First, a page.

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Almost all countries levy custom duties (with an allowance) on imported goods by passengers, such as electronics, clothes, etc., that have been bought from outside that country and are intended to stay there.

I am an EU citizen (Germany), and once when flying in from a non-EU country I was stopped by a customs officer who thoroughly checked my bag. I had a few new shirts and shoes (with removed labels), and they didn't ask anything, even though the apparel was obviously never worn. The value was around the tax-free €430 allowance, or it was even exceeded.

However, another time I was in an opposite situation when I was not bringing anything new. I had a hard time explaining that my camera and clothes are not so new, and have been bought in Germany/EU, and not during my trip outside the EU.

Can someone explain how does this work? How do custom officers determine if the imported goods of a passenger are old or newly bought? How do passengers prove that they did not buy the goods during the trip? Since people do not carry receipts of all the things they have with them, I don't see how it would be possible to prove that something fairly new was not bought during the trip.

It is not unknown that many people tend to remove the packaging and/or tags of new goods to conceal that the goods are being imported, but there are also people who travel with new goods which have been bought shortly before the trip. How do customs officers distinguish the two?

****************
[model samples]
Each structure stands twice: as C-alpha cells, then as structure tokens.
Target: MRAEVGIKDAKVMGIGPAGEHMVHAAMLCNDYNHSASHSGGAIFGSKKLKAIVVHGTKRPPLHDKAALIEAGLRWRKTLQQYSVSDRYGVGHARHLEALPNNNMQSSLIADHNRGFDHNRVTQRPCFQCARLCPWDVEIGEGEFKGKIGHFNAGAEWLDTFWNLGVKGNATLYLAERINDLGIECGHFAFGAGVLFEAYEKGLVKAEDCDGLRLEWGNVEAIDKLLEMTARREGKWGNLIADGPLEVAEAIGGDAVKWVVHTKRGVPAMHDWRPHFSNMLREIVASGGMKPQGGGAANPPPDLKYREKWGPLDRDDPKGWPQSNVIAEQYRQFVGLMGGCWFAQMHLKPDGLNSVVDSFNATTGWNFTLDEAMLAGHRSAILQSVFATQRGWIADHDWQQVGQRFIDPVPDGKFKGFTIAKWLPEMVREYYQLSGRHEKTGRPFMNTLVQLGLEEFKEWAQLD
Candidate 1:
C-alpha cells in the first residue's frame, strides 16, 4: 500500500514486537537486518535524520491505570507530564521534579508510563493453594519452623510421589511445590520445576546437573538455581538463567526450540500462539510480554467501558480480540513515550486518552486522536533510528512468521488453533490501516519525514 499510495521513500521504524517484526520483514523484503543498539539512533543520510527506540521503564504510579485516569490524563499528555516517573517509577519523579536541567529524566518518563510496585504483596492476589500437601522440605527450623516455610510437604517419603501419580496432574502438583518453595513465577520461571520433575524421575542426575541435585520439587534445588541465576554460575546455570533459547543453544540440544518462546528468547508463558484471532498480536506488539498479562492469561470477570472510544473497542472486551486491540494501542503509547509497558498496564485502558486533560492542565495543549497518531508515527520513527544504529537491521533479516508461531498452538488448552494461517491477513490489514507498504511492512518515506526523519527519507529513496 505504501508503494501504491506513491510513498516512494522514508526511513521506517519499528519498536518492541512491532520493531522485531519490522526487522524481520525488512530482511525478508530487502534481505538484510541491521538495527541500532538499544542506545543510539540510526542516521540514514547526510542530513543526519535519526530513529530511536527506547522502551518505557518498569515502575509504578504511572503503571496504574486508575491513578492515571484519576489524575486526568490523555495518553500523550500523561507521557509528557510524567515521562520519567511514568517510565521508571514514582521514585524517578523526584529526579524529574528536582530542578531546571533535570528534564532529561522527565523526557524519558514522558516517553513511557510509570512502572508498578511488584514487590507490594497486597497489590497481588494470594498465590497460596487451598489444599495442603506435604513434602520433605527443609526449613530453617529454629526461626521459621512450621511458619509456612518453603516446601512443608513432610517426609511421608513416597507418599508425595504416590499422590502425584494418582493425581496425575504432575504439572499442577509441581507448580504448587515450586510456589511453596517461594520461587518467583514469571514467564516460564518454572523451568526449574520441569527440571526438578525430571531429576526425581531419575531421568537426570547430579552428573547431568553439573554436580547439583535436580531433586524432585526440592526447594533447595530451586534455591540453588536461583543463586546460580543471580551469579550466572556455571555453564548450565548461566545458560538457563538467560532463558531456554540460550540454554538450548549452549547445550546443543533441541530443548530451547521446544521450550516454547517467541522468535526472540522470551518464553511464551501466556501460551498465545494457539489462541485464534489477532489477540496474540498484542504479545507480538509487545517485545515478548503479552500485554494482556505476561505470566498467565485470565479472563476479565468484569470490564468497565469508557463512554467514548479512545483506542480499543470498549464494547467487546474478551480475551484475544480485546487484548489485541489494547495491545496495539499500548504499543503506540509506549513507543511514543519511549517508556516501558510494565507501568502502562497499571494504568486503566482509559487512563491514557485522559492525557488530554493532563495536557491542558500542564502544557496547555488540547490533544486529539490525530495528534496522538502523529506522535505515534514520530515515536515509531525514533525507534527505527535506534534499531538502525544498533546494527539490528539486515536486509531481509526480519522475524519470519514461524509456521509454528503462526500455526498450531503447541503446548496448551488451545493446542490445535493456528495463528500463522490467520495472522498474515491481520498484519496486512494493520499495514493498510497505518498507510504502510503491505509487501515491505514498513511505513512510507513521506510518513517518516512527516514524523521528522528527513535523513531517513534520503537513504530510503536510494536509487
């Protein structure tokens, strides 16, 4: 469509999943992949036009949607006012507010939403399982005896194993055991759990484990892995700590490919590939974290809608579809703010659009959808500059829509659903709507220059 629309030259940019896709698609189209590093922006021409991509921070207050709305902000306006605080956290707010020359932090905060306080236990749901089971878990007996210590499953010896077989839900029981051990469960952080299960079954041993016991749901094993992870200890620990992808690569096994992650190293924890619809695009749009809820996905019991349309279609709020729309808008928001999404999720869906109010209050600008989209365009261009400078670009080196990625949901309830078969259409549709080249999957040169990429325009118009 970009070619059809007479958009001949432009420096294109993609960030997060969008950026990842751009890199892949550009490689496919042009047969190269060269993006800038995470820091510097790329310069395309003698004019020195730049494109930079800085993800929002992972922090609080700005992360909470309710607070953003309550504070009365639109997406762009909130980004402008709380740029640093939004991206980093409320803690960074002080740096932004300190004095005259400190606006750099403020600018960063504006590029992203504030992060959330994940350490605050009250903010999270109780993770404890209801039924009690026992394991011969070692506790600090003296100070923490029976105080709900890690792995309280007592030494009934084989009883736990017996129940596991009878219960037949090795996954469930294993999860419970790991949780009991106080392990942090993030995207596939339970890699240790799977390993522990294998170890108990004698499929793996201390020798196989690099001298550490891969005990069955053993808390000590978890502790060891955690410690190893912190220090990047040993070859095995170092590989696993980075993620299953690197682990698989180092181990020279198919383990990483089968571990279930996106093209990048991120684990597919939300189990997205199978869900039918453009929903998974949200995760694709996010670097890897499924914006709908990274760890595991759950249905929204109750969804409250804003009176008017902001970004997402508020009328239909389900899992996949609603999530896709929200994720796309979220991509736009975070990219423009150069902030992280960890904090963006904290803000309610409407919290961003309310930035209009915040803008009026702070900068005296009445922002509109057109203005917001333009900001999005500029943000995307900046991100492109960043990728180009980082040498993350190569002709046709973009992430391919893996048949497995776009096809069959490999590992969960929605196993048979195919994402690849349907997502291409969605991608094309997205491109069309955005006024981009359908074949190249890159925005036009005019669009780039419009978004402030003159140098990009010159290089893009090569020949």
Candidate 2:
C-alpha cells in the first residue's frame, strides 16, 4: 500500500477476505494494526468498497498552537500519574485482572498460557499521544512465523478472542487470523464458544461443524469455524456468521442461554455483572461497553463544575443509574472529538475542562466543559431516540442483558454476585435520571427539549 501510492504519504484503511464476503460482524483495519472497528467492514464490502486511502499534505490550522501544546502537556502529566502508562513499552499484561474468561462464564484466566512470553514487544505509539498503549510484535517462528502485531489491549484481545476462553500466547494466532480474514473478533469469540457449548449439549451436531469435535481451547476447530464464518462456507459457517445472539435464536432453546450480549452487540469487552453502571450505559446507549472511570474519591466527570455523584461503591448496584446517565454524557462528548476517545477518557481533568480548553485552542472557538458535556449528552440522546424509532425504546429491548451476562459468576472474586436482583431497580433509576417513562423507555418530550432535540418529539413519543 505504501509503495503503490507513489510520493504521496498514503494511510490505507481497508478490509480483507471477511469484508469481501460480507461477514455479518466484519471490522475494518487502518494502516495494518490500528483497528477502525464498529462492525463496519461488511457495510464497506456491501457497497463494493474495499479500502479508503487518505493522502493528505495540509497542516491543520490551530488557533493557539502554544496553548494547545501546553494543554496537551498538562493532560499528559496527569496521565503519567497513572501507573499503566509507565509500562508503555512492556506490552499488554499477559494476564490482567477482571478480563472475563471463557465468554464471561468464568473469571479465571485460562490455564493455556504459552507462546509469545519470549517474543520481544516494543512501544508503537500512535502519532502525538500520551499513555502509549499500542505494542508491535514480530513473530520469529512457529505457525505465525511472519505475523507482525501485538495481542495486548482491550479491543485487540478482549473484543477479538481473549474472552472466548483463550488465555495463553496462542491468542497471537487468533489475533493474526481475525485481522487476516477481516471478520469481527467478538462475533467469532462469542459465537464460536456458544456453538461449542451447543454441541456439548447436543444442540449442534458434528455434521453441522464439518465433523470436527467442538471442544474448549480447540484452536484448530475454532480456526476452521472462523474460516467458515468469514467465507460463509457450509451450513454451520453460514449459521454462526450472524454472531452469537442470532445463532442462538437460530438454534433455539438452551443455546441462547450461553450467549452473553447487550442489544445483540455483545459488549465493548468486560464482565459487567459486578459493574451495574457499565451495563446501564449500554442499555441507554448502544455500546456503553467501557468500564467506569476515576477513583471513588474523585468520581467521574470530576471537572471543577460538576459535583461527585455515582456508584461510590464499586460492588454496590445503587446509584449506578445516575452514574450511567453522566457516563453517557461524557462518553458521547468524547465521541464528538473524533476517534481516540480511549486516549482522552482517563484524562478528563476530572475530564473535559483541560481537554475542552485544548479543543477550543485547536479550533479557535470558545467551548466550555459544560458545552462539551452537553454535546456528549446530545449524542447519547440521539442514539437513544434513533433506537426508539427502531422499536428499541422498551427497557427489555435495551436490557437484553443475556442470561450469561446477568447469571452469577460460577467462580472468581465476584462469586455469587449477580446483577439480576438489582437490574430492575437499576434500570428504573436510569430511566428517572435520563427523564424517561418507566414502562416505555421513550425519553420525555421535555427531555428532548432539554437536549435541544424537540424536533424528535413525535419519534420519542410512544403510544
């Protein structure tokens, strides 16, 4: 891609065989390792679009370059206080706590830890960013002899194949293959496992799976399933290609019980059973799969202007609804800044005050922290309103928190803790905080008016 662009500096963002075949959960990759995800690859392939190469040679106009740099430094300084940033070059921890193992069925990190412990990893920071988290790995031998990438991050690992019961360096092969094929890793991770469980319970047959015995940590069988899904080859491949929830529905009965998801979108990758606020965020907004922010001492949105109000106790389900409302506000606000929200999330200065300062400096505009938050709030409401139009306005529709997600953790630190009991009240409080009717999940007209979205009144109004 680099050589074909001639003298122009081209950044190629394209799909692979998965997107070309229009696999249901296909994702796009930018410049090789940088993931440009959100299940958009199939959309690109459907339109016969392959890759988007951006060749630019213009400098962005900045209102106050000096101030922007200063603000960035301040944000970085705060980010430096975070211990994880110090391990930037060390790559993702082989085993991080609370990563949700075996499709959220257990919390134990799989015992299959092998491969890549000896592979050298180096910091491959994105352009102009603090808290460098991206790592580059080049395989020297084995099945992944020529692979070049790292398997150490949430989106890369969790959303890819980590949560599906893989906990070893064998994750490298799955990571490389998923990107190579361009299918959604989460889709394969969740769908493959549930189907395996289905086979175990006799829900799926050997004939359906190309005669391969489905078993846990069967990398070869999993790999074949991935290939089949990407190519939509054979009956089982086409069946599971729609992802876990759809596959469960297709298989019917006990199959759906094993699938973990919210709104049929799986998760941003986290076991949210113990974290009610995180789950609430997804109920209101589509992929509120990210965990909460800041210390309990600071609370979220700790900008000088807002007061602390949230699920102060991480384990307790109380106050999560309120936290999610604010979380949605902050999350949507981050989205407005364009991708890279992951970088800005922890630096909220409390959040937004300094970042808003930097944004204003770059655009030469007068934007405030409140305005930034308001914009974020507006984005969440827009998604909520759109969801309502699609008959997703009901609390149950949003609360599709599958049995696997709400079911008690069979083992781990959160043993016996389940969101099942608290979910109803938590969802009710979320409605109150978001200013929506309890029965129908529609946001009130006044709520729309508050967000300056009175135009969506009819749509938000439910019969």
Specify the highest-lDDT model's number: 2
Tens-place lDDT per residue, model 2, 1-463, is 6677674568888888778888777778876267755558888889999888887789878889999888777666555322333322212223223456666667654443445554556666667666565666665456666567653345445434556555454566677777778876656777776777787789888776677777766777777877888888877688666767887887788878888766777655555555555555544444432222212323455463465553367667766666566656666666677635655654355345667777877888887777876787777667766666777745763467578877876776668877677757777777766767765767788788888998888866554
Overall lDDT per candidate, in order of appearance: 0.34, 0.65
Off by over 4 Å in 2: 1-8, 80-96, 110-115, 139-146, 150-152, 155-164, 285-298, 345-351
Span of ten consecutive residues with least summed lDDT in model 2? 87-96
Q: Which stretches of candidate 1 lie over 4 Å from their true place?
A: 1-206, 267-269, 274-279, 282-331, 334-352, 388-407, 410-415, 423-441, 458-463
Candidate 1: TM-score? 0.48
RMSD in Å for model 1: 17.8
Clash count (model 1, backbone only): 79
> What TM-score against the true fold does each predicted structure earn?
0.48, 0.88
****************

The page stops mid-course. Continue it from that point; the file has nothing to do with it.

• Show the grime, marks and smudges to prove they aren't new, probably. – DumbCoder Oct 10 '14 at 8:04
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    @pnuts If the camera has been used a lot, the shutter count might serve as evidence that it is not new. It is not always easy to retrieve the shutter count though. – Szabolcs Oct 10 '14 at 15:20
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    In some instances they don't decide. A few years ago if Romanian customs officers found a laptop, they always asked people to pay duty, regardless of the computer's condition. It was necessary to bring documentation that the computer was originally from Romania (such documentation was easy to obtain at customs when leaving the country) or that it will leave the country again (e.g. it is a work issued computer). I believe they don't do this any more. – Szabolcs Oct 11 '14 at 18:12
  • In addition to the other answers, I'm sure there is a certain amount of age, economic, racial and cultural profiling going on. Just look at the cars that get pulled over for secondary inspection at land border crossings. – Spehro Pefhany Nov 19 '15 at 18:59